Monday, May 13, 2019

Bike to Work Week diary 2019



If you see someone wearing this shirt,
it's not me



It's time for Bike to Work Week, an annual celebration-promotion of bicycle commuting! As the week begins, two news items remind us why we're doing this.

The Planetizen blog reports the Oregon legislature has passed a law declaring that bike lanes continue through an intersection whether or not they are marked. This is true most places for crosswalks, and the logic seems to apply to bike lanes, too. Even so, The Oregonian says judges had been loath to prosecute drivers for hitting cyclists where right-of-way is not clarified. Remember, America's streets and roads were built for cars, and most drivers are not used to sharing.

Strong Towns last weekend re-Tweeted a piece from Curbed reporting that widening I-405 through the Sepulveda Valley in metropolitan Los Angeles has not resulted in shorter commuting times. At some parts of the day commuting times are actually longer. This is consistent with experience in other major metropolitan areas. Private cars simply do not scale up. Bikes can do this. So can public transportation.

Bike to Work Week officially began Saturday with the annual MPO Ride sponsored by the Corridor Metropolitan Planning Organization and AARP. The route included Marion's Uptown Artway Project, Squaw Creek Regional Park, and both new and planned sections of the Grant Wood Trail. I had to skip the ride due to Commencement Weekend at Coe College, but was there at the gathering point in New Bo.



Reports were good, despite the chilly temperatures and off-and-on rain.

Monday, May 13

Bike to Work Week began early on this chilly morning. It was 41°F (5°C) when Mayor Brad Hart read the official proclamation, but thanks to the wind and my inadequate preparation it felt more like 5°F. But nothing, and I mean nothing, can dampen the joy that is Bike to Work Week.
Mayor Hart being interviewed by a TV news crew
We gathered for the proclamation at the usual place, though Red's Public House has become Jimmy Z's.

This is the second Bike to Work Week proclamation of the Hart administration, and though someone who was possibly me tried to start a rumor that he was going to go rogue and declare biking to be evil and make this Drive to Work Week instead, he called it straight.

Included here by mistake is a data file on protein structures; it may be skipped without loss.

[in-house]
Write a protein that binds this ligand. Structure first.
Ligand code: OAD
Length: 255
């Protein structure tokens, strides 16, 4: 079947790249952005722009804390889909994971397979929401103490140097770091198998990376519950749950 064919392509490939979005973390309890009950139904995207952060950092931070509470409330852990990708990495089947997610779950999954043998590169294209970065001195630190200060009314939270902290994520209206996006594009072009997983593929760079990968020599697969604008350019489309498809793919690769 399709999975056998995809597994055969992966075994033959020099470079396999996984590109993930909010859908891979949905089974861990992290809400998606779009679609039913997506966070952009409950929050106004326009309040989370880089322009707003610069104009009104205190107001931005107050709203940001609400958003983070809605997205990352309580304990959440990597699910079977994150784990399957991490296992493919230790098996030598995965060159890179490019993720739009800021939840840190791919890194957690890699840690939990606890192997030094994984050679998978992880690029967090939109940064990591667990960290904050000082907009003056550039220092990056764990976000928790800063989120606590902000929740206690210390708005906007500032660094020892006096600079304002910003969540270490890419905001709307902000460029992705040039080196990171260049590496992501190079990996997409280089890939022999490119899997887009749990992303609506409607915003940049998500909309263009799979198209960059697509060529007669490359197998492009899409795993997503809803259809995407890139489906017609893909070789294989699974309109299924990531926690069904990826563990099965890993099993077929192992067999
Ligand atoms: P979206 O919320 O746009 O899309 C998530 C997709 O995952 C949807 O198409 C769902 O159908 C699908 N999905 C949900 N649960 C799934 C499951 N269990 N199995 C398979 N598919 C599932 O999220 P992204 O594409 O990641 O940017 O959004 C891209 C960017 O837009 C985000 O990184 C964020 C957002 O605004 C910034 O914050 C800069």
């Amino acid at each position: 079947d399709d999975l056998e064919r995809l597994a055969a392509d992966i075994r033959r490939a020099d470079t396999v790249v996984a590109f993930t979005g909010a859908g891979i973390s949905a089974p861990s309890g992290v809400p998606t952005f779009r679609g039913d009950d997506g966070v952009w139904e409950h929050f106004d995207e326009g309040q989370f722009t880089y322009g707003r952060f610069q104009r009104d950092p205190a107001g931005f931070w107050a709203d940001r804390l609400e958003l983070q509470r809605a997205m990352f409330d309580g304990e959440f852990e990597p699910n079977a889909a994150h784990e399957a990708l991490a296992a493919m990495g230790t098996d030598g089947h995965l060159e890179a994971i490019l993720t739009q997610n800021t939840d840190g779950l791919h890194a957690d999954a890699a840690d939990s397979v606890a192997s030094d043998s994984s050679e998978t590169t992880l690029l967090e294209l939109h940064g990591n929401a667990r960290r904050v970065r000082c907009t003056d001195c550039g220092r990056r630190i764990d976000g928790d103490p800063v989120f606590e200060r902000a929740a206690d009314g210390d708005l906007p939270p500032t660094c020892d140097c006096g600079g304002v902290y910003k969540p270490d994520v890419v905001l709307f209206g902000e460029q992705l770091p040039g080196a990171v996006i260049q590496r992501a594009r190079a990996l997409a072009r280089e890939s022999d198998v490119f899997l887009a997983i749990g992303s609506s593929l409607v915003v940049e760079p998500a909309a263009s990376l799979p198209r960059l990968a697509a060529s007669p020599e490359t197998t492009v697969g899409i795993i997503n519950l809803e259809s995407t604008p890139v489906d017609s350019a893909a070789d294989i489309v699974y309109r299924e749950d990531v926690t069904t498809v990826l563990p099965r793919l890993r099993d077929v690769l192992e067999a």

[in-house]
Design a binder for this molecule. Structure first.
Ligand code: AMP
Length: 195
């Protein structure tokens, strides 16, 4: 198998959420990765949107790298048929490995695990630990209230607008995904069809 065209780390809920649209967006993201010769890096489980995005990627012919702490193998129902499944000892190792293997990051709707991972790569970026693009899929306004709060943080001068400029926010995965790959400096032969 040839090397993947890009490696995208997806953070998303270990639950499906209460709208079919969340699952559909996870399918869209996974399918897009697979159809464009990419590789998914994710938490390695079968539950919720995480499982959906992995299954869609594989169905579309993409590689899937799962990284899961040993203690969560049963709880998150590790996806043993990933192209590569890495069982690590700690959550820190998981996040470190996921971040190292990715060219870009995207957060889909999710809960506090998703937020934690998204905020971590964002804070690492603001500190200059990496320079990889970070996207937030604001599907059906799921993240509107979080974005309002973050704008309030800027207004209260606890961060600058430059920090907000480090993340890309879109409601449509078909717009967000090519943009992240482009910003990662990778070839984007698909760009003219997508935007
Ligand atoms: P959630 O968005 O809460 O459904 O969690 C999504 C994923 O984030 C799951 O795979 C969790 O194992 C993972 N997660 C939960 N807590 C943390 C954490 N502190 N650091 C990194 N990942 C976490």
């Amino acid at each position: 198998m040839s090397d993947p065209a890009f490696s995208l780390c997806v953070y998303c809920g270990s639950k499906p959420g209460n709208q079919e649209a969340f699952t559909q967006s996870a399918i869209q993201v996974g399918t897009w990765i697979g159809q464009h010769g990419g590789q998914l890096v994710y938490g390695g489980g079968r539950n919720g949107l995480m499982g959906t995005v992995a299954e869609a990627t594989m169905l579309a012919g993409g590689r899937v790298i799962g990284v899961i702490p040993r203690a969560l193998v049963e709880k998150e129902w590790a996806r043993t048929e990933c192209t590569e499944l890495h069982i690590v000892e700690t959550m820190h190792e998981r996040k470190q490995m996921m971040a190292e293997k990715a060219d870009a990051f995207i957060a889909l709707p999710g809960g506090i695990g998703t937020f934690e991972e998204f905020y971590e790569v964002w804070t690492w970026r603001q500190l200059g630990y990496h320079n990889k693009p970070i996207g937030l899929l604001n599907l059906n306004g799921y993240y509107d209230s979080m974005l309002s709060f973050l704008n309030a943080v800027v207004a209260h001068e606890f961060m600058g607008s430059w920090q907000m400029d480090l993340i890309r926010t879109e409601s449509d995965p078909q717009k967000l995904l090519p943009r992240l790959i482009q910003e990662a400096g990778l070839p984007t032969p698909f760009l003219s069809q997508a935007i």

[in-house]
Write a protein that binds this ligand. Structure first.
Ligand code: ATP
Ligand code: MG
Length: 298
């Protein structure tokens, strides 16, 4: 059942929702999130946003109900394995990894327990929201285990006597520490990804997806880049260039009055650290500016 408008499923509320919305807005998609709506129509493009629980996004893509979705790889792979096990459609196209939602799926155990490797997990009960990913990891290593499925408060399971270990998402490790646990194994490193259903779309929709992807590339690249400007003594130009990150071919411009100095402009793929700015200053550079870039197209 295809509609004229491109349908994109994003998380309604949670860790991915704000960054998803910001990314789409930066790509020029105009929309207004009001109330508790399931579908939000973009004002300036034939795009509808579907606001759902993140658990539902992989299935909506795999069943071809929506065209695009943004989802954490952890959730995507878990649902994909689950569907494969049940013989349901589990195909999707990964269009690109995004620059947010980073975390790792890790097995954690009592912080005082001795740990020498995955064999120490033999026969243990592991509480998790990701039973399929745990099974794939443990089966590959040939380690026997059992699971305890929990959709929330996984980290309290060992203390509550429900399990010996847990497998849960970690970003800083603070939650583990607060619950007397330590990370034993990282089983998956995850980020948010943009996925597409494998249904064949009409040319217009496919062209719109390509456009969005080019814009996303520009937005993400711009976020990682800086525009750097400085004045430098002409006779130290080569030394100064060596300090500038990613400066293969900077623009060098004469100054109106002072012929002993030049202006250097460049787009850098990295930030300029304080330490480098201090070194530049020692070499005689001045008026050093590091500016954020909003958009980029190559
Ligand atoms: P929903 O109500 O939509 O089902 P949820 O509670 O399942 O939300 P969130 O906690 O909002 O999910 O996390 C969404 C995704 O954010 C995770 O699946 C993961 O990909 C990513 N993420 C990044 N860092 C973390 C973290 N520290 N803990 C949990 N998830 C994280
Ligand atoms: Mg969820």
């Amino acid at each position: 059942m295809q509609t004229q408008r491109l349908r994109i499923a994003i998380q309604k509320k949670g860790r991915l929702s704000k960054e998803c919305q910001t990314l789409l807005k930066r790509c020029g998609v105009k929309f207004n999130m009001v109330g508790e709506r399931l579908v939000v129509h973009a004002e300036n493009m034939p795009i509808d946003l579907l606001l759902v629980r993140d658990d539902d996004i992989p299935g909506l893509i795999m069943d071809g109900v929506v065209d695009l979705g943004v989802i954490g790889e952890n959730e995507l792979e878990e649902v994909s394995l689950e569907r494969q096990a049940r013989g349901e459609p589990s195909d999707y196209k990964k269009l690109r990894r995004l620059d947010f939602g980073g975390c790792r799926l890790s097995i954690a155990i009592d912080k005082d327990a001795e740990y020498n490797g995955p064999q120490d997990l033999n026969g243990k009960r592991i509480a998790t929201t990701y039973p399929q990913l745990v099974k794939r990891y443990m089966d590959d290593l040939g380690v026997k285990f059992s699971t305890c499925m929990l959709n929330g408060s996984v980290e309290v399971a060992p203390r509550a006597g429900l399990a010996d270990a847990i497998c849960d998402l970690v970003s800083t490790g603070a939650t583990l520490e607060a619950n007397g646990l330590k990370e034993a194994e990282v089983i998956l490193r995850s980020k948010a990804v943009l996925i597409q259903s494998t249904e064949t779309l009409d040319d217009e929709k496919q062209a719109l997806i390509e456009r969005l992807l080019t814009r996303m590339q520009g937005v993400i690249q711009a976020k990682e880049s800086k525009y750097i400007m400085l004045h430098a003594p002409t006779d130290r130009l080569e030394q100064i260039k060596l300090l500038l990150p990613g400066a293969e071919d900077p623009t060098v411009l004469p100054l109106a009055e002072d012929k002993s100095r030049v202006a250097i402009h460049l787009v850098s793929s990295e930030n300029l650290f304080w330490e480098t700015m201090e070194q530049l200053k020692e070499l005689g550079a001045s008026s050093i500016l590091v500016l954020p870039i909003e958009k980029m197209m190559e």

The windup...
The proclamation hit the usual notes about traffic congestion, the environment, and physical fitness.

The route for the ensuing group ride changed last year. We rode down 3rd Street to 16th Avenue in New Bo, around the block, and back.
1300 block of 2nd St SE
There were, despite the festive occasion, more drivers than bikers. BTWW is more like celebrating Ramadan (at least in America) than Christmas. There were a few surprised drivers behind our group, but no surliness. Bike infrastructure like the lanes on 3rd Street...

...means there's room for everyone. Also, a grid street pattern means a driver can quickly identify an alternate route.

There were complimentary bacon and eggs at Jimmy Z's after the ride.

Jimmy, a former radio personality in town, took care that we tipped the bartender and cook, who were working on their days off to make the celebration happen. He also wanted to commend the lunch menu, which includes sandwiches named for local celebrities, and I am happy to cooperate. Their normal hours are 11 a.m.-2 a.m.

Image may contain: 1 person, smiling, bicycle and text

The City of Cedar Rapids officially began their bike share program Monday night in Green Square. The bikes were all there...


...soon to be dispersed around the center of town:

After a series of speeches from city officials, participating sponsor Wellmark Foundation, and the vendor Veoride...

...attendees were invited to give the new electronic-assist bikes a try.

Riders reported they could instantly tell the difference, with comments like "Wow!" This surprised me because the streets around the park are flat. A few blocks away, 5th Street goes up a steep hill, but apparently you didn't need to go up that steep hill to notice the electronic assistance. Abby Huff, director of the Czech Village/New Bohemia Main Street District, reported Tuesday, "The assist ride is awesome! I took one from Czech Village to New Bo this morning, and will probably take one back after work." The one rider who told me he didn't see much difference was riding on the sidewalk, for which he was quickly admonished by the city officials. (More on the bike share program in this Gazette article by B.A. Morelli.)

Veoride will have a representative in town, a car-free cycling enthusiast I met last week, so they will be regularly monitoring the bikes, swapping out the batteries and avoiding this...
Ofo bike in a Washington DC alley, April 2018
...or this...
Ofo is no longer in business


Good luck to them!


There were piles of swag at the kickoff...